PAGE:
The GBIF website (http://www.gbif.org/) including the "Phragmites of Canada" databasae allows some niche modelling using climate data with the niche modeling library "openModeler" (http://openmodeller.sourceforge.net/). To determine the potential distribution, i.e. to predict spread, of the alien invasive Phragmites australis subsp. australis in Canada, we produced a map (approximation based on models) of the presence of climate similar to the climate already occupied by Phragmites australis subsp. australis in eastern Canada. Such maps are easily produced using instructions provided elsewhere in this issue. The procedure used a lax bioclimatic envelope algorithm called "envelope score": http://openmodeller.sourceforge.net/index.php?option=com_content&task=view&id=61&Itemid=4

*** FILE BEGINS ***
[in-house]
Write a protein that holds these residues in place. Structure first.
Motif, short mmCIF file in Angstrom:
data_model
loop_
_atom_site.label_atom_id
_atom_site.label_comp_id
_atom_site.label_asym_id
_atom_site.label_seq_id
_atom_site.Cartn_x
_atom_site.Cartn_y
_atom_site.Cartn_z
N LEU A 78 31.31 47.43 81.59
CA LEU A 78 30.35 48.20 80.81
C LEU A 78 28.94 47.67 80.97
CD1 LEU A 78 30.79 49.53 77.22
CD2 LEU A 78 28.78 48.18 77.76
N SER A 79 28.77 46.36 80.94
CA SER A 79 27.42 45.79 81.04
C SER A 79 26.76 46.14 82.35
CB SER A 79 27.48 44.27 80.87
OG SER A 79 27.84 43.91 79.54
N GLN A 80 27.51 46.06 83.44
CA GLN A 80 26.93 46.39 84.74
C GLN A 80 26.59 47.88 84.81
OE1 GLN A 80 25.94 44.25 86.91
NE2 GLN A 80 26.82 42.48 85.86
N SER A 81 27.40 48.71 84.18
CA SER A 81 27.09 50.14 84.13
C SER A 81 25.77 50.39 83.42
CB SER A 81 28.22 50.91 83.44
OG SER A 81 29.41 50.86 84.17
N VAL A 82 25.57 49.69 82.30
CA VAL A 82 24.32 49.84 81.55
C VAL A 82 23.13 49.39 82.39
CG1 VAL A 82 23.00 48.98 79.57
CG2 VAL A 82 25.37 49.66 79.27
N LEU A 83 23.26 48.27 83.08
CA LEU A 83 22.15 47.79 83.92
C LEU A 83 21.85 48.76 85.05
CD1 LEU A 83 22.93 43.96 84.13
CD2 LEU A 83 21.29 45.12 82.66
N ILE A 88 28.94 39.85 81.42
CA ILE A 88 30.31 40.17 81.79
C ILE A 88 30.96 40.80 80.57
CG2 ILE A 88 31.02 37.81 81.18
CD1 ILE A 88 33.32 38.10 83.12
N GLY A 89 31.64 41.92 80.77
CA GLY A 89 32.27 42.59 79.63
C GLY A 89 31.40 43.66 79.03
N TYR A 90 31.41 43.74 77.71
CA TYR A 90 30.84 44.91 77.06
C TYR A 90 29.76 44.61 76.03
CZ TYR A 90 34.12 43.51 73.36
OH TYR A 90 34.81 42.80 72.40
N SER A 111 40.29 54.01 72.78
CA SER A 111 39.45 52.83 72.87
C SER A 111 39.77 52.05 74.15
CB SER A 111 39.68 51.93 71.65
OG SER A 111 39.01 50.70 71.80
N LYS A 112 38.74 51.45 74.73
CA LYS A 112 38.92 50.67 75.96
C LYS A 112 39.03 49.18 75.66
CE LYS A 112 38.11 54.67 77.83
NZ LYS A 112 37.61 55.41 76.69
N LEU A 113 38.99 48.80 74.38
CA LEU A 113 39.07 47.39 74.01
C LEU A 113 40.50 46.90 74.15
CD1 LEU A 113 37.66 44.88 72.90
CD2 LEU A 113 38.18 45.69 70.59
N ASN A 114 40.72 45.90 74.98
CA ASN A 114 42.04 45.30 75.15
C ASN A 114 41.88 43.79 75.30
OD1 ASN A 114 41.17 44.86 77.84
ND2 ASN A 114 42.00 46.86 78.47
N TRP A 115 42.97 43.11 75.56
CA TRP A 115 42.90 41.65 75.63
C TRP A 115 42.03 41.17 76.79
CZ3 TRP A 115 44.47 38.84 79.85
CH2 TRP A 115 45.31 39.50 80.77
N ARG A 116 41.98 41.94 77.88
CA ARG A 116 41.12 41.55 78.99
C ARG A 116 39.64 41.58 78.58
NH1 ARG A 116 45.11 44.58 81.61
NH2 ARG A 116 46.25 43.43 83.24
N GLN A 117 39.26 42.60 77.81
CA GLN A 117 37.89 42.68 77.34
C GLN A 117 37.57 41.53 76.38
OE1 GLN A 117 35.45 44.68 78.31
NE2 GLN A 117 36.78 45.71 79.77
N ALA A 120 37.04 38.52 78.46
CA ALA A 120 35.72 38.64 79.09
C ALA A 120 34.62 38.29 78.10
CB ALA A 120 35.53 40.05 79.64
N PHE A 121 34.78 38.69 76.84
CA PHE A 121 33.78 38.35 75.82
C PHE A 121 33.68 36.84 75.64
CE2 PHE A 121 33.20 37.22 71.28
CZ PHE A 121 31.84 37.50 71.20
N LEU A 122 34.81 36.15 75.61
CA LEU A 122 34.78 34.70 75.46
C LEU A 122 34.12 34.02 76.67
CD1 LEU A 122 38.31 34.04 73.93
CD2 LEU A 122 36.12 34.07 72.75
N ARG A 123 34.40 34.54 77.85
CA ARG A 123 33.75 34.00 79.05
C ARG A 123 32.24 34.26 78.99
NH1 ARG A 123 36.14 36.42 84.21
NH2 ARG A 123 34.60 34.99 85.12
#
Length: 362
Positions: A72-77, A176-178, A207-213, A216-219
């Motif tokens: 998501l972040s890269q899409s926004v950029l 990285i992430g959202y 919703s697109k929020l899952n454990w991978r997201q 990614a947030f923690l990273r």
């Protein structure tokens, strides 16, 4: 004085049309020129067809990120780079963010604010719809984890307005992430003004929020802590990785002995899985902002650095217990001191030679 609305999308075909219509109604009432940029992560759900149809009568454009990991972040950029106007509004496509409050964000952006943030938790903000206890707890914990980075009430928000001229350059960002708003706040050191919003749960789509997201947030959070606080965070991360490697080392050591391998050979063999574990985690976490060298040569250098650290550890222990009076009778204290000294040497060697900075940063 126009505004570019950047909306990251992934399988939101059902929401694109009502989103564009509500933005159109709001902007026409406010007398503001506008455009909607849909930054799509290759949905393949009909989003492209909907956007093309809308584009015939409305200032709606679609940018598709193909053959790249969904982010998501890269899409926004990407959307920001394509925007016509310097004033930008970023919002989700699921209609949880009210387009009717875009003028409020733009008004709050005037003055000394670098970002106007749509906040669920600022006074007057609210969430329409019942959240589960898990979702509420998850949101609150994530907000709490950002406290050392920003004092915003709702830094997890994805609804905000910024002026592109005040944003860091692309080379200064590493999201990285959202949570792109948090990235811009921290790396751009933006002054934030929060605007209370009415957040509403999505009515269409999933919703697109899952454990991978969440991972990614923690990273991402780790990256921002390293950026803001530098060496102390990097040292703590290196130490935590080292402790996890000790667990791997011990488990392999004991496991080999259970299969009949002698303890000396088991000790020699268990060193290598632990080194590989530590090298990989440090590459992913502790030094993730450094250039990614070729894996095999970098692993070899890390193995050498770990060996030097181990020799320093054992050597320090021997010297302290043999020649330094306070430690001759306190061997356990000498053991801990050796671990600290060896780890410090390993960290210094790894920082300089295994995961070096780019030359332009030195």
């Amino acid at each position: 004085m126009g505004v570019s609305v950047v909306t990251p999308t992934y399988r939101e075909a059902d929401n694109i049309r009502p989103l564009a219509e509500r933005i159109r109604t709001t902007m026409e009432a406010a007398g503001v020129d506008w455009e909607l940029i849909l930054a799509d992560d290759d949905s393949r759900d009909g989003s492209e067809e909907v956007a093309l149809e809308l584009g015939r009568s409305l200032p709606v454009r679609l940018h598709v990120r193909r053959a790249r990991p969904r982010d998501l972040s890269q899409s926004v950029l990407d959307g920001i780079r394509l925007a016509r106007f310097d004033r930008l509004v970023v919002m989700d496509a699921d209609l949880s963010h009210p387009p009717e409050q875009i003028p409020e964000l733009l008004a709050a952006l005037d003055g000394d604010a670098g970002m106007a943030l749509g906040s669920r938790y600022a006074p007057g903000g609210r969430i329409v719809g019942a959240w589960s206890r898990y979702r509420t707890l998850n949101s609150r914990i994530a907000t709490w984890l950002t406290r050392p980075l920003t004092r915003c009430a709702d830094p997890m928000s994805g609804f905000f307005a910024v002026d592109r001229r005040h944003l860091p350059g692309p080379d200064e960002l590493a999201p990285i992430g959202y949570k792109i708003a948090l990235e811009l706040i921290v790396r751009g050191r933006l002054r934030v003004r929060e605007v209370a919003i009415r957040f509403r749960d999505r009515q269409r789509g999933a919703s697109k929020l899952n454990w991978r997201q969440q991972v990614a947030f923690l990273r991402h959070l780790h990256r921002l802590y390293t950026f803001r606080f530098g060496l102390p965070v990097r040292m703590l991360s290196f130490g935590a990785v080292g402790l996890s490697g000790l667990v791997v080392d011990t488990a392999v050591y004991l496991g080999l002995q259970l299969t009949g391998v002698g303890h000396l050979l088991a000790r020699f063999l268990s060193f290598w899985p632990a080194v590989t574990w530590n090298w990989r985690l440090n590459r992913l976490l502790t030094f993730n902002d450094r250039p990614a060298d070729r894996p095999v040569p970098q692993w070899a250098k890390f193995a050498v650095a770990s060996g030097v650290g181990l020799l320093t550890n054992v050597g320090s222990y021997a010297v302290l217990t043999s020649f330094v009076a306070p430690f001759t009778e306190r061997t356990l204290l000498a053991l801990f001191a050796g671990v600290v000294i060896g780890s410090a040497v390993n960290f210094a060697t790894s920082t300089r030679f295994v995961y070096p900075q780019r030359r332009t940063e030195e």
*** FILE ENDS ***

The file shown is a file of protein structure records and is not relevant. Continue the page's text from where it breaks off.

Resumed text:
Basically we assume that the plant could occupy all parts of Canada with climate equivalent to places where it already occurs. This area is the "fundamental niche". For many native species, dispersal capability, barriers, competition, pathogens, and other factors (e.g. MacArthur 1972) spatially reduce the fundamental niche to a "realized niche". For alien invasives on the other hand, dispersal is usually effective, competition is less severe and natural controls are fewer (at least for a period of time) so that the fundamental niche may correspond to the potential realized niche. Thus the assumption of potential range of an invasive plant being determined by climate and soil is not unreasonable. In the present case of Phragmites australis subsp. australis, edaphic factors appear to be less important to spread than usual because it has a broad tolerance of soil moisture ranging from continuously inundated to periodically very dry. Although it may prefer alkaline substrates, it can spread in extensive regions of acid soil along roadside ditches that are alkaline due to the use of de-icing salt. In fact there is good evidence that the major expansion of Phragmites australis subsp. australis in eastern Canada has been by fragmentation along roads (Catling & Carbyn 2006, Lelong et al. 2005, 2007). It does well in calcareous (CaCO3) and saline (NaCl) subtrates ranging from pure organic material to pure clay, beach sand, or rock and various combinations. Consequently we assume that climate will be much more important than soils in determining the potential distribution and within climate, its broad moisture tolerance suggests that temperature will be the ultimate factor. The lack of importance of precipitation is reinforced by the abundance of water throughout most of southern Canada and the fact that much of the spread of the plant is by rhizome fragments with roots and buds rather than seeds (Catling & Carbyn 2006) which may be more prone to the effects of periodic drought.